The structural design of the disclosed LED signaling apparatus is especially optimized to produce a high light intensity with well defined intensity distribution. First, the metal fixture 102 and the ceramic or metal substrate 104 provide good or sufficient heat dissipation for the LED chips 103, thus allowing the LEDs 101 to operating at high drive currents to produce high output power. Second, the light beam of each LED is individually controlled by corresponding optical components. This approach provides light beams whose intensity distribution can be precisely controlled to meet the requirement of navigational standards.

In a slight variation of the present embodiment, both visible and infrared LEDs can be incorporated into the same module to construct a dual-usage navigational apparatus. The visible LEDs are used for common navigations while the infrared LEDs are used for covert navigations such as for military actions.

FIG. 2 illustrates an airfield signaling system 200 constructed with the infrared LED signaling apparatus disclosed in FIG. 1. The airfield signaling system 200 comprises omnidirectional runway edge lights 201, bidirectional runway threshold lights 202, unidirectional approach lights 203, and unidirectional precision approach path indicators (PAPIs) 204. The omnidirectional runway edge light 201 comprises steady-burning LEDs that are covered with holographic diffusers for beam expansion and homogenization. The LEDs are arranged with different angular orientations in the horizontal plane to form a 360° omnidirectional illumination. The bidirectional runway threshold light 202 comprises one group of steady-burning LEDs 205 and one group of flashing LEDs 206, each collimated to provide directional illumination in a small solid angle. The flashing LEDs 206 denote the direction where an aircraft enters the runway. The unidirectional approach lights 203 consist of steady-burning LEDs 207 and flashing LEDs 208, both are tilted to an elevation angle matching with the glide-slope of landing aircrafts. The PAPI 204 comprises four LED modules 209, each consisting of one steady-burning LED array and one flashing LED array to produce two vertically adjacent LED beams. The LED beams are both collimated for unidirectional illumination oriented toward the same direction. The elevation angle of the LED beams is utilized to indicate the correct glide slope. Incoming aircrafts are guided toward and into the correct glide slope by following a narrow transition zone between the steady-burning and the flashing LED beams. The runway threshold lights 202, the approach lights 203, and the PAPIs 204 are distinguished by their different flash patterns.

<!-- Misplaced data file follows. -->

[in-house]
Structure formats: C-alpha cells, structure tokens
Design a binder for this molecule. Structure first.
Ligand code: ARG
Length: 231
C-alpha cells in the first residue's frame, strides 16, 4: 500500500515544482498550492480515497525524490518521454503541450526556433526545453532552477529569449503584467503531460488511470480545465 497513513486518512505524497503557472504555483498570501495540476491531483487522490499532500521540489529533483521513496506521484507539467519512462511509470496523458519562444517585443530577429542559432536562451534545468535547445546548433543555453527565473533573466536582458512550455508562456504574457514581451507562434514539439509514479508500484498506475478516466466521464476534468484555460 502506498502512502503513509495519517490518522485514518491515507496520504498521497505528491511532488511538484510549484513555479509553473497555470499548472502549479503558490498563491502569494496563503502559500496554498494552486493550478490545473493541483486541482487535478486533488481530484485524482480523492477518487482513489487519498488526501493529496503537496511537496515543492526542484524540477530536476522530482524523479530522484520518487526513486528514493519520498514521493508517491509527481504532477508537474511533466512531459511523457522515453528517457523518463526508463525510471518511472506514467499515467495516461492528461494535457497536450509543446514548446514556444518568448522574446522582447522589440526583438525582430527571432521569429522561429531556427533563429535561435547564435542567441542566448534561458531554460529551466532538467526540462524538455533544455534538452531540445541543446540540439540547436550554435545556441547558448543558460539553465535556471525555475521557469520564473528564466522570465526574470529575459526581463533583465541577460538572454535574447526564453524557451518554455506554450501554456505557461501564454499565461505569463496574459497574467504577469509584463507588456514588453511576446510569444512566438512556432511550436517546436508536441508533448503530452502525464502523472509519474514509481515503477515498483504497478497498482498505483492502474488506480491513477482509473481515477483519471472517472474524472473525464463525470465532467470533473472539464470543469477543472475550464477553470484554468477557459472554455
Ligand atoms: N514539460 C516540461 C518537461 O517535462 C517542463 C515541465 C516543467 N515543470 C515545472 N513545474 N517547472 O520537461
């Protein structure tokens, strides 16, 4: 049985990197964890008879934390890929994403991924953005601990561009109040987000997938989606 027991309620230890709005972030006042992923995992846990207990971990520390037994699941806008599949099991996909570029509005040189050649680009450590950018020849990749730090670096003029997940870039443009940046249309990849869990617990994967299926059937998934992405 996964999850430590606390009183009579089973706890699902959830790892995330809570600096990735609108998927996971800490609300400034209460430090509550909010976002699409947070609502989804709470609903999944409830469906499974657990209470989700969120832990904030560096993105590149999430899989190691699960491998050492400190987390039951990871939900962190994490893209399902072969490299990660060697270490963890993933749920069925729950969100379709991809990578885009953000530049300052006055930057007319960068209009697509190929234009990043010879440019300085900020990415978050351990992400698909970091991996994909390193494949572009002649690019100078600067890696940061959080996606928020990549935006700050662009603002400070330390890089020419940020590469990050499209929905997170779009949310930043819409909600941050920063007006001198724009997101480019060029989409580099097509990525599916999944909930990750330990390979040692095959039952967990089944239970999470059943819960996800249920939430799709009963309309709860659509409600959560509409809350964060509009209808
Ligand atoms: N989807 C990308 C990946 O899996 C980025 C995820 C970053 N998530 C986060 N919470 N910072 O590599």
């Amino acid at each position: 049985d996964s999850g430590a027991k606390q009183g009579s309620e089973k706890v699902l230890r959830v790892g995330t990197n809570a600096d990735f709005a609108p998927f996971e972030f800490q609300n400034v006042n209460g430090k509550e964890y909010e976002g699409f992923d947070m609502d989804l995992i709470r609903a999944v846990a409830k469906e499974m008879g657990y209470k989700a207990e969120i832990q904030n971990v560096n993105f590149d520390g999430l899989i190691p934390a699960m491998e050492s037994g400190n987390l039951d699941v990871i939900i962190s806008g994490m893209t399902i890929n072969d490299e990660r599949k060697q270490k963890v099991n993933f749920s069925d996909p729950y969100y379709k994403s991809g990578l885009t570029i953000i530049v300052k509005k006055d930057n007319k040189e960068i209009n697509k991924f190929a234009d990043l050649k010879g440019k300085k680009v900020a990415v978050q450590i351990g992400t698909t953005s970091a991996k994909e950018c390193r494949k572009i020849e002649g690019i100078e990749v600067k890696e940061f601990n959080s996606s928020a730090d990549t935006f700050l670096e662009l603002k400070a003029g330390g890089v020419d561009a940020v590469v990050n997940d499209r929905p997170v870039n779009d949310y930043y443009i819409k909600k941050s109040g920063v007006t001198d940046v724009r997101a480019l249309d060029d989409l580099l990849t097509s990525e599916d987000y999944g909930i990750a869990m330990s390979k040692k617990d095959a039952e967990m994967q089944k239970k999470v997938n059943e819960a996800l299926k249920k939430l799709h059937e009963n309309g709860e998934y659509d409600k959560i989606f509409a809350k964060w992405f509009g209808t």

In yet another embodiment of the present invention as shown in FIG. 3, an LED signaling apparatus 300 is used as a self-contained buoy lantern for maritime navigation. The optical head 302 of the buoy lantern 300 comprises twelve high intensity visible LED units 304 mounted in two stacks with a first stack positioned on top of the second stack. Each stack comprises six visible LED units separated by sixty degrees (60°) angularly in the horizontal plane. An angular offset of thirty degrees (30°) may be introduced between the two LED stacks for more uniform illumination. The visible LED unit 304 comprises a surface mounted, or in other words, chip-on-board (COB) packaged high power LED chip 306 mounted on a heat sink 308. A dome lens 310 is used to collect and collimate the light emission from the LED chip 306. A thin film holographic diffuser 312 may be positioned in the path of the LED light for beam homogenization and divergence angle control. All the visible LED units 304 are mounted circumferentially on the outer side of a hexagonal shaped aluminum cylinder 314 for heat dissipation. On top of the aluminum cylinder 314 is a small circuit board 316, which drives six infrared LED units 318, each separated by sixty degrees (60°) angularly in the horizontal plane. The infrared LED units 318 produce an omnidirectional infrared emission to emulate the heat signature of an incandescent lamp, which is used as aids for search and rescue employing night vision goggles (NVGs). The emission wavelength of the infrared LED units 318 is optimized to match with the response wavelength of the NVGs. The tilt angle of the infrared LED units 318 is designed to match with the view angle of a pilot on a rescue aircraft. The infrared LED units 318 may further comprise holographic diffusers (not shown) for beam homogenization and divergence angle control.